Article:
I had to do a small repair on a trunk lid and bumper. Color silver/gold . Pretty new to blending. 3inch repair in center of trunk. Repaired area , scotchbite scuff paste rest of panel . Applied dbc 500 clear base to panel. Applied DBC color to repair area until covered. Mixed 50/50 with 500 blender and feathered into rest of panel staying about 6 inches away quarters. Cleared and looked fine on driveway and in shop. Problem had about 3 spots on bumper to repair , all on rear of bumper not sides . Spotted in with color each repair area and blended out a little. Looked at it outside and could see where I started and stopped between repair areas. Silverish what I sprayed and goldish original. looked fine within 3 feet but whan I stepped back about 12 ft more noticeable. Back in garage , basically colored rear of bumper and stopped where it starts to wrap around . Cleared looks alot better . Give me some advice " no matter how small the repair do you have to spray color almost on complete panel stayng 6- 8 inches away from next panel " ?? Are solid colors the same situation ? Seems like to me on that bumper if I had colored half of it and stopped in the middle it would have still been noticable. I just thought colors blending better than that . Give me some advice , Thanks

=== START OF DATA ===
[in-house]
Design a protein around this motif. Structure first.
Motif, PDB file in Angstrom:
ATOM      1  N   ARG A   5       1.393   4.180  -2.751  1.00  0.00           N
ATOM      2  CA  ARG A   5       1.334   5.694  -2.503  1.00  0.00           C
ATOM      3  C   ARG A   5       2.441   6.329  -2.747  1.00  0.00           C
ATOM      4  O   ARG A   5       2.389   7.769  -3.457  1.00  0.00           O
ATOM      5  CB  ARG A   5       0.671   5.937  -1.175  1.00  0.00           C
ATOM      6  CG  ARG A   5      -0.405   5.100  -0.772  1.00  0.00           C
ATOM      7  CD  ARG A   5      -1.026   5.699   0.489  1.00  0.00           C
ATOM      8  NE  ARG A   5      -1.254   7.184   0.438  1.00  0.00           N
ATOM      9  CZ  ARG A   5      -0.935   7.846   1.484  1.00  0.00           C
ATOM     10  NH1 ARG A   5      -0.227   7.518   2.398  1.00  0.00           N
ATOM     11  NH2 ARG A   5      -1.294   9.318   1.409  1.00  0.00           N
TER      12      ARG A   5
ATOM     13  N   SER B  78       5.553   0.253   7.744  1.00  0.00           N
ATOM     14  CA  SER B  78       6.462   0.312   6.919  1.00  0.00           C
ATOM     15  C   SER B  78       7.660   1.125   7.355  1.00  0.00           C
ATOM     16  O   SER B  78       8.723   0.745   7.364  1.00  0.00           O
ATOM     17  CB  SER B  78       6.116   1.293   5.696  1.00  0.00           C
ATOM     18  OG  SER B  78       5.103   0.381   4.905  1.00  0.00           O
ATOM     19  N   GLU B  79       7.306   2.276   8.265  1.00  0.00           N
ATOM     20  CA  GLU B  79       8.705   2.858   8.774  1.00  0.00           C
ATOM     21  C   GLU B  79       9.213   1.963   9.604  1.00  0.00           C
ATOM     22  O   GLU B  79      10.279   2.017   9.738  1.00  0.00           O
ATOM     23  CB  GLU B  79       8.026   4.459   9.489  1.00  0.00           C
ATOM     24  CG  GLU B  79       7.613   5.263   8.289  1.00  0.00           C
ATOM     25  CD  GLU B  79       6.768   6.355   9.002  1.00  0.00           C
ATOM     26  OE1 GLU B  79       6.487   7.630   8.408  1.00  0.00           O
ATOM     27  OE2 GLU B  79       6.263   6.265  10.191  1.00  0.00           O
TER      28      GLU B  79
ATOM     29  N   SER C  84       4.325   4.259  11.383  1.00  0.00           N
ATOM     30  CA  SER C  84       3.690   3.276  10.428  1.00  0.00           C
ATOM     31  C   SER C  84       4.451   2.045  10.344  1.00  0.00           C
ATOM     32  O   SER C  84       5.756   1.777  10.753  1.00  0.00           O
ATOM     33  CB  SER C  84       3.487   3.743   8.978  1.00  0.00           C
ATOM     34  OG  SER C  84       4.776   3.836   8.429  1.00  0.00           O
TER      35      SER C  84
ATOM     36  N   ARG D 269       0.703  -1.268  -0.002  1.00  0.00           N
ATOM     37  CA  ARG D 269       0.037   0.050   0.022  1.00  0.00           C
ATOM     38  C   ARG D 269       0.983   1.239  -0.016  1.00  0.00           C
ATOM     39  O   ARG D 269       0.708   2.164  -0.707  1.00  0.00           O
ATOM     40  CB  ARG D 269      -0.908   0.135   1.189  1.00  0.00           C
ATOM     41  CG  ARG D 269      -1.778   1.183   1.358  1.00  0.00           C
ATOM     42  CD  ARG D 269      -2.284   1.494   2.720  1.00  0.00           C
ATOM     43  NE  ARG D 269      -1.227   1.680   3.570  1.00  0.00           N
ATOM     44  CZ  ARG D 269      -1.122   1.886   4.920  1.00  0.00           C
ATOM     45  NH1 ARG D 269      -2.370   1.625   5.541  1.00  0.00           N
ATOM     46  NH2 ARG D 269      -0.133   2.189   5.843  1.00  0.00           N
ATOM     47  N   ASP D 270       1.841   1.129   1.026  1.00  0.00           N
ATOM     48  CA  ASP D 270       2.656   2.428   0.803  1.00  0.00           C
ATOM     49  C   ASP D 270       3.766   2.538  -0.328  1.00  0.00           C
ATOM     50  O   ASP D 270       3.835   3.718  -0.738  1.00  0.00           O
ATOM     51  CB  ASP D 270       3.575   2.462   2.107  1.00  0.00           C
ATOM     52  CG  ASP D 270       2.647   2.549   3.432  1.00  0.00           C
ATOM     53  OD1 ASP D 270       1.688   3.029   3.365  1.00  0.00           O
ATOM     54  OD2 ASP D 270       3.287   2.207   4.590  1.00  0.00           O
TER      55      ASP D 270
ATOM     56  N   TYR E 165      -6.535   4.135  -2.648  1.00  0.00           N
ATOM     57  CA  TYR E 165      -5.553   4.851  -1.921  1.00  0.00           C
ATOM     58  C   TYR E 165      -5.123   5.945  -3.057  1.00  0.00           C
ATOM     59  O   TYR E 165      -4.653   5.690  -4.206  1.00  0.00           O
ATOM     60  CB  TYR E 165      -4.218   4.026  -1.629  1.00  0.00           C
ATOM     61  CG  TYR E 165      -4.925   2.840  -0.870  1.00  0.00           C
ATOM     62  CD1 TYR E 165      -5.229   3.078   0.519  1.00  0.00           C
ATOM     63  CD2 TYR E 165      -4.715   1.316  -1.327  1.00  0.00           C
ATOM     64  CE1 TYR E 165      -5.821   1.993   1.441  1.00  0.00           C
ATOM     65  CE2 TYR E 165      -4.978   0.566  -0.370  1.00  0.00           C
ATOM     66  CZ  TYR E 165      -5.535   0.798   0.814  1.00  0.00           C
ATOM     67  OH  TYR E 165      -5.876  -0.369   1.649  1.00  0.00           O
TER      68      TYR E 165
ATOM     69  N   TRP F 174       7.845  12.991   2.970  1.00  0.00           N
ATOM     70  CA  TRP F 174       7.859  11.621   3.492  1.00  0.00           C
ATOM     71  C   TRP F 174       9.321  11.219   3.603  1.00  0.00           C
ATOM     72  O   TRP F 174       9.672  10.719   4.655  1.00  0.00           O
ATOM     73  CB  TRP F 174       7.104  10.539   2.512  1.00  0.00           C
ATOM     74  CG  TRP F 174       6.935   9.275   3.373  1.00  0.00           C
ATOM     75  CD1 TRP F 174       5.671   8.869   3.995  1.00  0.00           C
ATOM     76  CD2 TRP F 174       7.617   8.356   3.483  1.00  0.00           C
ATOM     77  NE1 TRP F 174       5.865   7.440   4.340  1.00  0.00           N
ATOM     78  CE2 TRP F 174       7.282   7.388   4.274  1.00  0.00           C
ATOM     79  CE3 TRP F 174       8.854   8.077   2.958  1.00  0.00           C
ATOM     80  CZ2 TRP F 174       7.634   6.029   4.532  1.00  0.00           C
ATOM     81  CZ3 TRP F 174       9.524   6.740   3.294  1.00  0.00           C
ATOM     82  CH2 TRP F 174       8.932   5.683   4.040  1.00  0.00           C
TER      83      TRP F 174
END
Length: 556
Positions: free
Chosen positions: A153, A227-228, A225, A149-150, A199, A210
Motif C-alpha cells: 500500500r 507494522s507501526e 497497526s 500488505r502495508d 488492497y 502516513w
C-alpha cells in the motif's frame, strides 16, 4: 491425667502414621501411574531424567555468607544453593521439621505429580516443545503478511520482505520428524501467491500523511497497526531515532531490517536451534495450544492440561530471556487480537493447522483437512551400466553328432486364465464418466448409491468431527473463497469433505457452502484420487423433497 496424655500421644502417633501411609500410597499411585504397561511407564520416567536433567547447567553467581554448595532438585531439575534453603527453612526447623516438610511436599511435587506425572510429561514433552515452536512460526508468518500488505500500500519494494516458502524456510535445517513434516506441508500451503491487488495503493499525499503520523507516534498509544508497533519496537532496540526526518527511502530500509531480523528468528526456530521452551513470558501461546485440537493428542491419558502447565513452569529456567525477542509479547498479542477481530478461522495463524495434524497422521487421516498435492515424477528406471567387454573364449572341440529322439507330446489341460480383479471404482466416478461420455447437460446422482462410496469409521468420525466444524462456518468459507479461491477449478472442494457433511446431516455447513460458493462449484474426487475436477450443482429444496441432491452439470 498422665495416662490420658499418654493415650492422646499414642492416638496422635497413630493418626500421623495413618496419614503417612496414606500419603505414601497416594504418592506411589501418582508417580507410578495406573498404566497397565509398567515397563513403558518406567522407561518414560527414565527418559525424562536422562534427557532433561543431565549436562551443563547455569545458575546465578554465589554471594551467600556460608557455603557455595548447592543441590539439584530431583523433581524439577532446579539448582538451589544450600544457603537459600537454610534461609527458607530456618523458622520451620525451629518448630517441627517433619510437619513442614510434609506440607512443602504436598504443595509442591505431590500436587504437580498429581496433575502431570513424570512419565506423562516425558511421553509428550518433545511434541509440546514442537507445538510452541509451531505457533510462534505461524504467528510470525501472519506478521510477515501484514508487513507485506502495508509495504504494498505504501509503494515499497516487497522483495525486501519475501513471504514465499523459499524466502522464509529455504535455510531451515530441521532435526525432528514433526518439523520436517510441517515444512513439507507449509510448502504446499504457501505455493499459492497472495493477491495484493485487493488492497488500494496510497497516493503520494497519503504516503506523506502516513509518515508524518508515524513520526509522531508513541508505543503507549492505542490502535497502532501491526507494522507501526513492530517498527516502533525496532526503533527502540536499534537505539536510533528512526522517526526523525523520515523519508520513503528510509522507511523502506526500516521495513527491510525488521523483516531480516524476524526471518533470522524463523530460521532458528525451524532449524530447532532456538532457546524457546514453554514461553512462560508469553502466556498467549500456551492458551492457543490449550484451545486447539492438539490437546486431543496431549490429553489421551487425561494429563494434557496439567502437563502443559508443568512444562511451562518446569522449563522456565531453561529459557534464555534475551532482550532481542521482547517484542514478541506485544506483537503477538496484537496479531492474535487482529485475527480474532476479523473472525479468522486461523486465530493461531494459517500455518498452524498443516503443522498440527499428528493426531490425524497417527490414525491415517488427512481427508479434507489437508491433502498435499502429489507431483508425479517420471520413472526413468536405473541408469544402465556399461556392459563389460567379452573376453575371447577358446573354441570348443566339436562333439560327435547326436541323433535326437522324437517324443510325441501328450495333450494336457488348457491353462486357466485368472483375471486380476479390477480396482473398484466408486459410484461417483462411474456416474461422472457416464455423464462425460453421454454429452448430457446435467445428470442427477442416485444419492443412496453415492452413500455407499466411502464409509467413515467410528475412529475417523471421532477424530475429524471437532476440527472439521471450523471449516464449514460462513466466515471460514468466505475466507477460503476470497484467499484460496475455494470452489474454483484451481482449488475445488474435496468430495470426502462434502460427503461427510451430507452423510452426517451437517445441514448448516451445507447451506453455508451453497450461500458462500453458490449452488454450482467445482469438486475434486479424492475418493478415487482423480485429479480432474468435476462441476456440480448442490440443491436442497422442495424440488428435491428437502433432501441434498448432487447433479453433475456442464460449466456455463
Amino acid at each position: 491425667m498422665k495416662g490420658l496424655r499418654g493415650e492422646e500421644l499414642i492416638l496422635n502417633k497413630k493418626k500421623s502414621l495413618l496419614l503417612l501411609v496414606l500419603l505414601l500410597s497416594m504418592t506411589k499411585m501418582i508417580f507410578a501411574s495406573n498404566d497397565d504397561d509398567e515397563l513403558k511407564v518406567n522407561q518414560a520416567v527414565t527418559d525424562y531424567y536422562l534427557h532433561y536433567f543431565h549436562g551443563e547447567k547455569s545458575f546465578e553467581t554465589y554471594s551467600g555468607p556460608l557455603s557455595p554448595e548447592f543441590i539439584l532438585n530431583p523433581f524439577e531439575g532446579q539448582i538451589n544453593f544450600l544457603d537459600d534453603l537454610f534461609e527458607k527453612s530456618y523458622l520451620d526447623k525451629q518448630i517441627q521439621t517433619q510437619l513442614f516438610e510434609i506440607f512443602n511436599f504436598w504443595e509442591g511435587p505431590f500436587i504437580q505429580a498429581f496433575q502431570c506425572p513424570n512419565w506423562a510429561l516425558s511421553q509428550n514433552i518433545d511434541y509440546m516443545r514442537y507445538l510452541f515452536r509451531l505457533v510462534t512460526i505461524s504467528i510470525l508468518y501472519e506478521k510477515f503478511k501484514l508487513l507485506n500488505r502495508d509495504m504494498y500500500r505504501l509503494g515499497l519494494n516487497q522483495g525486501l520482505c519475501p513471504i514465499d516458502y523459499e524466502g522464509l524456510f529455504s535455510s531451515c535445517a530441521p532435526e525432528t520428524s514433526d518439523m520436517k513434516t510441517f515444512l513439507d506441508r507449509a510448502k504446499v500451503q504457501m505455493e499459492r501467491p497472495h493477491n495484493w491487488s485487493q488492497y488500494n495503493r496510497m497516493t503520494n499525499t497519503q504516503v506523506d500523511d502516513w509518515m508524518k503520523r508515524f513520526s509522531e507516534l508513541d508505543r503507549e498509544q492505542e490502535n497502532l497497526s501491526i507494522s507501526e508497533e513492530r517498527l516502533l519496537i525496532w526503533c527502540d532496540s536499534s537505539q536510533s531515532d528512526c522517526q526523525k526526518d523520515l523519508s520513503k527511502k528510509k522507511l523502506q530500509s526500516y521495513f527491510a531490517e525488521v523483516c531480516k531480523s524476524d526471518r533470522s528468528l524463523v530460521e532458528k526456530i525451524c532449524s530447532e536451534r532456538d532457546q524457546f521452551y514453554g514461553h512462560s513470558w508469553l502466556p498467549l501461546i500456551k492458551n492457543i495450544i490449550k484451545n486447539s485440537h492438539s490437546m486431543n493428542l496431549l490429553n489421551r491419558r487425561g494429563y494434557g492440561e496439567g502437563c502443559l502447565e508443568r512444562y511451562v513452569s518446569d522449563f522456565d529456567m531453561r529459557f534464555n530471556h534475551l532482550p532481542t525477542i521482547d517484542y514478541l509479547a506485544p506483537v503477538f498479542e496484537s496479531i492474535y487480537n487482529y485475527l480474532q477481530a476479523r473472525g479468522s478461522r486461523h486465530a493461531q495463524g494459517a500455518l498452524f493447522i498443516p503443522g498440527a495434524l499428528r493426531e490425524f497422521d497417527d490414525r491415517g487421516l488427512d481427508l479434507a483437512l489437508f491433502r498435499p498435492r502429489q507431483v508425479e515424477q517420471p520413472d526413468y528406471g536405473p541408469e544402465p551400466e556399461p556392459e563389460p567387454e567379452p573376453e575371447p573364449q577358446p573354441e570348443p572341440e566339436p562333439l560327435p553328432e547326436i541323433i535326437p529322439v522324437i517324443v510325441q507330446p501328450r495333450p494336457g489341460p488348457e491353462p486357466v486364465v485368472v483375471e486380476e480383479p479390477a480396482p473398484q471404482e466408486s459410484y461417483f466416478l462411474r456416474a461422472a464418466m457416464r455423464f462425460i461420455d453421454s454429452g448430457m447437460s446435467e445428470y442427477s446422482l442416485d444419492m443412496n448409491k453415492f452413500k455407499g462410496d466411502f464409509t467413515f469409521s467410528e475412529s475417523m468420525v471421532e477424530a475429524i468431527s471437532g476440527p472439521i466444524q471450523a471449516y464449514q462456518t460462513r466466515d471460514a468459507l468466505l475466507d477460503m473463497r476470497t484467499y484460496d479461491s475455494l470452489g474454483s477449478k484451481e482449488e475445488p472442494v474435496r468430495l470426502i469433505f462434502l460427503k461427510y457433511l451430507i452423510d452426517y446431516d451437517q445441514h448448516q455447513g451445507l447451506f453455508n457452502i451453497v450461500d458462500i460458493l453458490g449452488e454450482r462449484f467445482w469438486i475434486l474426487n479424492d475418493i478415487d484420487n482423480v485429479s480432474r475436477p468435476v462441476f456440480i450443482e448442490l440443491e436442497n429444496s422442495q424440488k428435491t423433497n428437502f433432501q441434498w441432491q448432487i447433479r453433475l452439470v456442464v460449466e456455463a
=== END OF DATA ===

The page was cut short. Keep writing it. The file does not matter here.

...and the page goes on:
06-03-2008 05:57 PM
from reading it appears you didi it right its just a matter of the primer used. the color primer effects the color of the paint. light primer will make a lighter shade and darker will go darker. also... I tend to do 12" to 18" into the next panel if possible. sometimes you cant do that but it helps if you can.
06-03-2008 06:59 PM
If you blend a solid color , Do you also reduce it with Dbc 500 blender after achieving coverage on the repair area ? Are solid colors more forgiving then metallics ?
06-03-2008 09:18 PM
Solid colors are more forgiving than metalics. Metalics require you to match the spraying technique used when the car was painted-too much air pressure and the color will be light, less atomization and the color will be dark, also texture plays into how the metalics lay down also sealer will affect how the metalics lay down. Metalics are trickier for sure. Fine silvers and golds are usually the toughest. Horizontal panels like hood,roof,and decklid are also tougher because of overspray control. Larger areas give more area to blend for a gradual transition. Spraying a test panel will confirm if your color is close enough to pull off the blend. How did you like the DBC500?
06-04-2008 12:23 PM
I think the DBC 500 allowed me to transition the blend easier . I got the deck lid right the first try. Not so lucky with the bumper , I did not realize I needed to base almost the complete bumper and stop where it wraps around the car. Blending is new to me but I would like to master it if possible ?? Gold and silvers seem to have me a little gun shy. I guess a lot of experience is necessary to get good.
06-04-2008 09:39 PM
Don't feel bad, I battled with a fine mercedees silver a few days ago and I've had paint guns in my hand since 1983. Some colors are a bear and some paint brands are more difficult than others for example: DuPont's Chromabase and Chroma Premiere basecoats are very sensitive to metalic hangups on scuffed areas-with fine metalics they will highlight even 1000 grit scratches so using an intercoat clear before the blend is a necessity with those. If you can master the metalics then solid colors will be a cake walk.